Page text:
So, player collectors out there, is this a Paul Blair card or not?  If it is, I guess I will need to get the original Topps and OPC versions for the Blair binder.

What I am listening to: New York Comeback by Lucinda Williams (with Bruce Springsteen)

Sunday, August 27, 2023

New Player Collection Additions

 As I mentioned in my previous post, my hobby activity has basically gone on hiatus for a while. I have added three cards to my player collections.

I have always been ambivalent about buybacks. While I don't necessarily consider them a defaced vintage card, I do consider them little different than the pre-stamped vintage original.  But, my Paul Blair player collection has stalled with only a few additions each year.  Certainly, so few I can count them on one hand. Currently, I sit at 159 unique cards in my Blair collection out of 211 on my list, for a respectable 75%.  The problem is what I lack.  

Of the 52 cards I need, most are cards that I have little interest in:7 more vintage buybacks, 13 unlicensed cut autos (mostly Tristar), 10 low-pop serial numbered cards from 2004 UD Timeless Teams, 4 printing plates, and three uncut panels for cards I otherwise have.  See what I mean?  I am too much of a completist to just throw up my hands and consider this done, but further progress means picking up cards I would otherwise ignore.  I am not sure whether it is a blessing or a curse, but most of those remaining cards are valued too highly by their current owner and are priced well beyond what I will pay.  An unlicensed cut auto card for $40.  No way.  But these two were cheap enough with both being around $10 delivered.

Anyways, this is what I am most excited about:

I realize that may look like a well-loved 1960 Topps card of Johnny Antonelli.  And, it is.  But, what isn't obvious from the image is that it is on thinner, poorer quality stock which identifies this as a Topps Venezuelan.  In well over a decade of collecting, this is only the second 1960 Venezuelan card of Antonelli I have ever seen.  And I got it for about $15 delivered.

With regard to progress, I have 71 unique Antonelli items out of my identified population of 100. The remaining items I don't have are mostly photocards/postcards, buybacks, and a handful of reprints. I've never seen most of them, so this may be one of the last cards I acquire for this collection. 

What I am listening to: Bring Me to Life by Evanescence.


Sunday, August 6, 2023

1961 Fleer Autograph Project - Part 38

Now back to your (ir)regularly scheduled programming:  the real Part 38 in this series.

A little over a week ago, Night Owl had a post that referenced cards that featured Comissioner Bowie Kuhn and mentioned how rare it is that any card features MLB commissioners. And guess what card was next up in this post series?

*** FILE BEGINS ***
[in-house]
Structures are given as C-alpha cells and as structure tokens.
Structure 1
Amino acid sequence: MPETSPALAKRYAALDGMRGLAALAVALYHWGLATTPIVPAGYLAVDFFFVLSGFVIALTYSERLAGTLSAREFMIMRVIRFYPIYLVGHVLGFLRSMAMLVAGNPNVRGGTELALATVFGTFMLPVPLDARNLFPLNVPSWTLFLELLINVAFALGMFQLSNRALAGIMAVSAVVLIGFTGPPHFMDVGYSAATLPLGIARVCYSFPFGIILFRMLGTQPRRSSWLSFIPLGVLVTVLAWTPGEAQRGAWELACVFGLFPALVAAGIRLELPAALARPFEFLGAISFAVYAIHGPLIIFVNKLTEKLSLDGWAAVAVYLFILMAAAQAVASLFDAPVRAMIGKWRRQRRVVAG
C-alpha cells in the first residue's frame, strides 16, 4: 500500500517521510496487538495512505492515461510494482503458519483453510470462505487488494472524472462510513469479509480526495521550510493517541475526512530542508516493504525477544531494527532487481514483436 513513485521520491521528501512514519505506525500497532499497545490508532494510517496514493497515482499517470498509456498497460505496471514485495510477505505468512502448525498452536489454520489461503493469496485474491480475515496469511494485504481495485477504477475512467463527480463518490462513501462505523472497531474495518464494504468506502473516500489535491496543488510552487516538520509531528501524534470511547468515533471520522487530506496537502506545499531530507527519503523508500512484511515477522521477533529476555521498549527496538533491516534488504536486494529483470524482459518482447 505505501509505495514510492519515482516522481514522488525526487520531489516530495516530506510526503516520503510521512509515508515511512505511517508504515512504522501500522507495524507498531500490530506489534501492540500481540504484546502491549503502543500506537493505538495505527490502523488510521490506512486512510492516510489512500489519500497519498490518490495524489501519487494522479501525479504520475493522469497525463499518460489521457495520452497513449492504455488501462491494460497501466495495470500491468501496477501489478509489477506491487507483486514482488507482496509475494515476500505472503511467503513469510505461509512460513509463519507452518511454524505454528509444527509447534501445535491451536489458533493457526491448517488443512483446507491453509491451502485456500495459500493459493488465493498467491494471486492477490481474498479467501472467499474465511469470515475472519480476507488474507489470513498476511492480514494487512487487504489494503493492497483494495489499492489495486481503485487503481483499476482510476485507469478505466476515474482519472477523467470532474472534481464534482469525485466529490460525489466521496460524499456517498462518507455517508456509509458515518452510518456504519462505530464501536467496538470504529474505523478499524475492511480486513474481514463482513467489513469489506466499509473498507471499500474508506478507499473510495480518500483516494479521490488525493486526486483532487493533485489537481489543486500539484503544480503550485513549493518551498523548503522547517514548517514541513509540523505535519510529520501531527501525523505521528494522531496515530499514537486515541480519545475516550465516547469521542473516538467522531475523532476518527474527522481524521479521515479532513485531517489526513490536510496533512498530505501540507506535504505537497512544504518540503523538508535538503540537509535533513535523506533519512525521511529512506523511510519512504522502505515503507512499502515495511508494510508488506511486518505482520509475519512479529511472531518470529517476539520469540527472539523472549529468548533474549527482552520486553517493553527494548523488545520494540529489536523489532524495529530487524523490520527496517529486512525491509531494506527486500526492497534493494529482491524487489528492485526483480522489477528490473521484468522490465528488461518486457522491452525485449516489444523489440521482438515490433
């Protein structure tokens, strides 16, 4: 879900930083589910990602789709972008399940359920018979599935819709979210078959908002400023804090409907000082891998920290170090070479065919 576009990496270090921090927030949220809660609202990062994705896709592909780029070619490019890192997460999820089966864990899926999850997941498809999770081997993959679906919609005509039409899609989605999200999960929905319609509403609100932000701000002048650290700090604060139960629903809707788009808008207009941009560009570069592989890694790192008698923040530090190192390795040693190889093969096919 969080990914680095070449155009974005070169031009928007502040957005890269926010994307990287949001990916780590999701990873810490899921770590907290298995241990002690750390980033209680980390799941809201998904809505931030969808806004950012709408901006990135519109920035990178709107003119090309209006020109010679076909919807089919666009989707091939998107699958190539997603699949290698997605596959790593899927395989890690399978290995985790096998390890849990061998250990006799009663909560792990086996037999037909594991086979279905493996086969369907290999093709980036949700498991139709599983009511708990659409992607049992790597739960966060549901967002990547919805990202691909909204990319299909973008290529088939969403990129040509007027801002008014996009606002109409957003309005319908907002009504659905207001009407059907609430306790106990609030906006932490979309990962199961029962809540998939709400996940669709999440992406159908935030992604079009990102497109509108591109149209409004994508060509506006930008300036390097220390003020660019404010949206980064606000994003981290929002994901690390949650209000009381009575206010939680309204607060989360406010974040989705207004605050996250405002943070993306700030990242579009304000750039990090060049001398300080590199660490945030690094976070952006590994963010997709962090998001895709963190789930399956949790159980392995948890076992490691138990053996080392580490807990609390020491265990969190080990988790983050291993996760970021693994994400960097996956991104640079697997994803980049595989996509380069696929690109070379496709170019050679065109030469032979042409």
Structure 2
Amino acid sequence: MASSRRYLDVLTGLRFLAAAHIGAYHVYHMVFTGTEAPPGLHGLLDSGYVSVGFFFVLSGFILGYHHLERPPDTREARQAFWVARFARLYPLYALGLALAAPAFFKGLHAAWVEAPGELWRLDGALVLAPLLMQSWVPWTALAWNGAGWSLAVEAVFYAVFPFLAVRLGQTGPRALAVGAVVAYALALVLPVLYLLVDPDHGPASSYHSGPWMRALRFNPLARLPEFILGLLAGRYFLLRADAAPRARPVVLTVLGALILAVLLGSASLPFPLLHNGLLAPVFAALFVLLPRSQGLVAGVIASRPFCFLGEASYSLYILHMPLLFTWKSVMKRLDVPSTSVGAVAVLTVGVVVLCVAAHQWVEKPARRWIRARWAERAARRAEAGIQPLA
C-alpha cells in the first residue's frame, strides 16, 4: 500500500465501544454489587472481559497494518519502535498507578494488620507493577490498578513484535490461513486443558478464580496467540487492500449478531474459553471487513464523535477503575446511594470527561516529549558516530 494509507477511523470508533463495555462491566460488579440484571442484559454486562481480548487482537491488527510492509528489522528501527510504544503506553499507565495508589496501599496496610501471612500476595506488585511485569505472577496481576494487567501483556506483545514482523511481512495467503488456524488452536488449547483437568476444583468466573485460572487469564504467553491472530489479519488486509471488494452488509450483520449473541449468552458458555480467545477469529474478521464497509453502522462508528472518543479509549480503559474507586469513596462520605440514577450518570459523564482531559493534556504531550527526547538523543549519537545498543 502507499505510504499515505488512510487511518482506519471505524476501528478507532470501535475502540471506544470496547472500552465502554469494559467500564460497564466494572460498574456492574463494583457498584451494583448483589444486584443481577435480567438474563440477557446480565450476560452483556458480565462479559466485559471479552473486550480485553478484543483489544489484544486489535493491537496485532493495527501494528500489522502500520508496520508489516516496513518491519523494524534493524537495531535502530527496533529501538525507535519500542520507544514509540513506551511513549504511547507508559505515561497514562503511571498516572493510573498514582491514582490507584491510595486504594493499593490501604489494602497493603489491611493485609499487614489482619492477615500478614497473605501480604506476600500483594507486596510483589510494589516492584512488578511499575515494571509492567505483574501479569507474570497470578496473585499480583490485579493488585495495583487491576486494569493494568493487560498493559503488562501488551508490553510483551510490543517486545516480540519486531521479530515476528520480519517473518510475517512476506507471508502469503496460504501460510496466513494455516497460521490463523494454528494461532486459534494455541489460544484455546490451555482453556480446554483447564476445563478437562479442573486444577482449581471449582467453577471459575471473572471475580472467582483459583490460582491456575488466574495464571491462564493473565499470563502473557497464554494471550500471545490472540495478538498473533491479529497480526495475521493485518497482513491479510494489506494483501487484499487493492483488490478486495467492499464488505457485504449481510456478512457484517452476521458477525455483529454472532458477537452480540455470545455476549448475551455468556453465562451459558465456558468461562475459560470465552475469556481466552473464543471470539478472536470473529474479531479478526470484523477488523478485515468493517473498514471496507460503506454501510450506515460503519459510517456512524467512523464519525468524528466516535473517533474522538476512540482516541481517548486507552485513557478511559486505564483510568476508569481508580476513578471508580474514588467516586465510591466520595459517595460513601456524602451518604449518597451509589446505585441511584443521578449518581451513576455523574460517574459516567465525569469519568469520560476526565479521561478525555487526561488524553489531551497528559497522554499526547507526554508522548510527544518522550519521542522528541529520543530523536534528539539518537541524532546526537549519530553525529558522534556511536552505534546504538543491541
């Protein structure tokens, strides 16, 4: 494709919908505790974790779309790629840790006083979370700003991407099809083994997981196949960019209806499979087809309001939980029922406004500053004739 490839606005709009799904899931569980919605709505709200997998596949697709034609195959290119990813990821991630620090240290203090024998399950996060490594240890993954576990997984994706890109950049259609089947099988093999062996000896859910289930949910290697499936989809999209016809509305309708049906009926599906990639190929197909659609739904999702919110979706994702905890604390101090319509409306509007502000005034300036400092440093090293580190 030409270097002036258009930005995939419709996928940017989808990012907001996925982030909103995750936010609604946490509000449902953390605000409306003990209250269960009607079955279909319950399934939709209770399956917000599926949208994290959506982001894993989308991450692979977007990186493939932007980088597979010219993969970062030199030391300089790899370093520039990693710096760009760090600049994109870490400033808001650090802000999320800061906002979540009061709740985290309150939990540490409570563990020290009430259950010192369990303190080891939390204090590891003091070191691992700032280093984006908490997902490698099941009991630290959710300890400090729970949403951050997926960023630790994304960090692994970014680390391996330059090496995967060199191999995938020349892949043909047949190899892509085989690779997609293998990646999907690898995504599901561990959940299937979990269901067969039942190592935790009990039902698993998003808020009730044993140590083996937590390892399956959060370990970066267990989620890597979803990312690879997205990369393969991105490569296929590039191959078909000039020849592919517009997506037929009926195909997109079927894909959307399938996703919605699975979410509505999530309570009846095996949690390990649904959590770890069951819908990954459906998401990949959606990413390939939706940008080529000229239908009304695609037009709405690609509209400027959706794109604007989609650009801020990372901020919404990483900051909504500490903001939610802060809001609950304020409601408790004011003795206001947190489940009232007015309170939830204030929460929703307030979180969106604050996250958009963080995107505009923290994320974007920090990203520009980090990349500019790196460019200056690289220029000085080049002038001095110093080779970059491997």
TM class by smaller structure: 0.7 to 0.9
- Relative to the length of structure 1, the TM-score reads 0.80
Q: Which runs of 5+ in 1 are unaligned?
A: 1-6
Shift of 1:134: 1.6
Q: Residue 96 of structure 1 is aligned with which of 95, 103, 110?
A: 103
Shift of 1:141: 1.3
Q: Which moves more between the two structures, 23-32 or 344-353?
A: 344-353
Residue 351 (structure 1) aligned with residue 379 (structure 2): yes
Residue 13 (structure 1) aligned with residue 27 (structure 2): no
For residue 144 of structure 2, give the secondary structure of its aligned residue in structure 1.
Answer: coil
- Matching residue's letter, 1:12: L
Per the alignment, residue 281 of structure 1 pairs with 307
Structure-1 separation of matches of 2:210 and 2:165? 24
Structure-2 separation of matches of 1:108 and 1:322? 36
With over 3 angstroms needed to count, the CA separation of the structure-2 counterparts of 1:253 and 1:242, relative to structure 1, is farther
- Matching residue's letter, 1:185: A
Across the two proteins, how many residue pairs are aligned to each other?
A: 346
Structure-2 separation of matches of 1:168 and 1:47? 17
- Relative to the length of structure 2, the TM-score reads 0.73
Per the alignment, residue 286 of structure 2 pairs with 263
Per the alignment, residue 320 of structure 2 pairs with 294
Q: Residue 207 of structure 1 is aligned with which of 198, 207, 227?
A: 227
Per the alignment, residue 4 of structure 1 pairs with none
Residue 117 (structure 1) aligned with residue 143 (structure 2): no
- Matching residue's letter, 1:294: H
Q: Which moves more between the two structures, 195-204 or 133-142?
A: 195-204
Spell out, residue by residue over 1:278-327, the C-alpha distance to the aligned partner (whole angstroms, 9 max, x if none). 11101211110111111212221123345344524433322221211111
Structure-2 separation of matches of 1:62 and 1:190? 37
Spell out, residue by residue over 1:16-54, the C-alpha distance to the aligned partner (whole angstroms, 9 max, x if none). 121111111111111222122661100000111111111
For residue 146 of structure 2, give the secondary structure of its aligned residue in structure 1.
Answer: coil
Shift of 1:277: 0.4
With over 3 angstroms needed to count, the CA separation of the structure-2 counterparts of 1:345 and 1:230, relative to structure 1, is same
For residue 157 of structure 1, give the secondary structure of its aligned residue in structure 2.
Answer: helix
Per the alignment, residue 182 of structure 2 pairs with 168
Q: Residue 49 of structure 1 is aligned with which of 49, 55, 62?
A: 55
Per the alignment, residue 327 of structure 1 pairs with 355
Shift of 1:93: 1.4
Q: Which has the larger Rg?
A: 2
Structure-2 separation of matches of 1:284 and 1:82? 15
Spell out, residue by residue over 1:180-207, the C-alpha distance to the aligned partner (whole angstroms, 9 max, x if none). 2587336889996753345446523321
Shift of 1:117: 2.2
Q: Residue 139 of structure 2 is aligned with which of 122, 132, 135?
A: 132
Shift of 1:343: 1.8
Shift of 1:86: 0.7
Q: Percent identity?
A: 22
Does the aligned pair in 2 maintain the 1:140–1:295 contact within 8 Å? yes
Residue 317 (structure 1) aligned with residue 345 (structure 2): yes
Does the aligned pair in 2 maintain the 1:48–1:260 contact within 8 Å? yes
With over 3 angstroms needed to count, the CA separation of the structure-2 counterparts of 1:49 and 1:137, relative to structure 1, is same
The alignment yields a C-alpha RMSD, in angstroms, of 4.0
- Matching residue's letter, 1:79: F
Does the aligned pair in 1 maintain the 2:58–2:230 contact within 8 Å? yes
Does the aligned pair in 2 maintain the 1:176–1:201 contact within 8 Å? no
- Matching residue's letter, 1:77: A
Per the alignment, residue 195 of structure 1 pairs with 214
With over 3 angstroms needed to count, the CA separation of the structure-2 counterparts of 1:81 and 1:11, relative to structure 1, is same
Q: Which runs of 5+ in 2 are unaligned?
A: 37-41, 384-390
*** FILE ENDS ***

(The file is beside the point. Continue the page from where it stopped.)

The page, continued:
Warren Giles!  Night Owl mentioned a Beckett article that he just finished about commissioner cards.  Alas, I don't read Beckett and when I do read I apparently have comprehension issues as you will see in the comment from NO below.  I've already got books that have been on the nightstand for over year untouched and I always feel a twinge of guilt when I climb into bed and see them sitting there waiting for me.  So, I have no idea whether he mentioned 1960 and 1961 Fleer in that article. Hopefully, he will confirm or deny in the comments {stares in cardboard appreciation.}

Strictly speaking, Giles was never commissioner. Rather he was the NL President from 1951 through 1969. His tenure mostly overlapped with Ford Frick occupying the MLB Commissioners office. Frick will appear in Part 53 of this series, assuming I get there before I shuffle of this mortal coil. In case you are wondering, the AL Commissioner during this time, former HOF player and manager Joe Cronin, does not appear in the set in any form.  Anyways, let's learn a little bit more about Warren.

The last two years of my life have been dominated by career issues and have involved two separate job searches.  One interview question I hate is "Where do you see yourself in five years?"   If you were to parachute into any time during my 35-year post college work life and ask me that question, then drop back in 5 years later, you would find that not only was I not where my 5-year plan said I would be, I was nowhere close.  That is a tortured, and all too long, set-up for how Warren Giles kicked off his baseball career.